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Narrative Change Management in American Studies

A Pragmatic Reading


Silke Schmidt

Management means getting things done. How can research on the theory and practice of management help American Studies move forward? This book offers a pragmatic approach to bridging the gap between the humanities and business studies. Based on a critical reading of the disciplinary cultures of American Studies and Business School education, the book analyses narratives of U.S. management theorists and practitioners, including Peter F. Drucker, Mary Cunningham, and John P. Kotter. The stories help readers acquire effective management and leadership tools for application-oriented humanities in the digital age.

"With her outsider perspective on the discourse in management research and application, Schmidt proposes interesting questions that can turn into fruitful research issues in Business Studies and its interdisciplinary exchange with American Studies. I hope this book falls on open ears." – Evelyn Korn

"Schmidt did pioneering work by taking the risk of entering novel terrain to show new paths for the further development of American Studies." – Carmen Birkle

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3 Narrating Cultural Change


Image: “Wondrous World of Atomis“. Source: Erlemann 81, my translation. Image by Peter Evers.

This comic is employed by Anita Erlemann in her article “Inszenierte Erkenntnis” (“Staged Insight”) on the scientific culture of physics. 19 It illustrates what insider physicists and students know very well: physicists have a special sense of humor (Erlemann 80). As one interviewee in the ←65 | 66→study explains: “These jokes [by physicists] are not funny. You can only understand them if you have a special sense of humor. … How do you imagine mathematicians and physicists to be like? Yes, exactly like people who laugh about these kinds of jokes. Not only are they not funny. They are not even vulgar. They are simply bad jokes” (qtd. in Erlemann 80, my translation).20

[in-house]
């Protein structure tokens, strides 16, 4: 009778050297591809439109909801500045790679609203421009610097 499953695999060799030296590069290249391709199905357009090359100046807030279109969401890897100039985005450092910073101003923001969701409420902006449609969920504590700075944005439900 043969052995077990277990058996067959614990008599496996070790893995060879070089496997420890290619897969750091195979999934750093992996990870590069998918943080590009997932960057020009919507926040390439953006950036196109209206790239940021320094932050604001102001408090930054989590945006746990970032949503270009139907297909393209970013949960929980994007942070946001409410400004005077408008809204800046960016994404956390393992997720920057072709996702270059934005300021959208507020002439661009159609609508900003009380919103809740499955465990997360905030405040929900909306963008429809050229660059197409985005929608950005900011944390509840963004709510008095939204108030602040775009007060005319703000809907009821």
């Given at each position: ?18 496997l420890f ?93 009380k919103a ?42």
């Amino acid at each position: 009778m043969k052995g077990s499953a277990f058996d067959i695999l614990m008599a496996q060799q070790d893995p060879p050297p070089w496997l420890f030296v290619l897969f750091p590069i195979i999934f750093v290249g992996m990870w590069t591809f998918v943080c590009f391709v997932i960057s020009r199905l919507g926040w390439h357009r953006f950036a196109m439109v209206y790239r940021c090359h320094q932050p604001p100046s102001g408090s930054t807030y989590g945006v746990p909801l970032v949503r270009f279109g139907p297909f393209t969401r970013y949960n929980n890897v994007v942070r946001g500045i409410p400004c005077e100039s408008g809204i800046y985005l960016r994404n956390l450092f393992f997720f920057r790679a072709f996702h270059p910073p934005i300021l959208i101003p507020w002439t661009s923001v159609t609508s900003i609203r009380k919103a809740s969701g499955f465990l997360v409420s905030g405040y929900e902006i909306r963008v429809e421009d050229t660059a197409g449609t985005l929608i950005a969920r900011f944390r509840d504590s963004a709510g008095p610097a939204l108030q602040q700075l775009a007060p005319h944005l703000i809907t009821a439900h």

This example from physics shows how much humor goes along with disciplinary knowledge and culture. Of course, all fields in the academy have their insider jokes and cartoons.21 Very often, we are most amused about but also puzzled by the jokes of other fields. Sometimes they cater to our stereotypes, at other times they are simply strange. This indicates how much disciplinary socialization is related to our individual organizational cultures and the way in which they shape our understanding of truth and knowledge.

When defining the concept of “discipline,” the wordplay in the title of Markus Arnold and Roland Fischer’s edition Disziplinierungen (Disciplinings) is revealing. The term “discipline” is derived from the Latin disciplina/discipulus meaning pupil (“Discipline...

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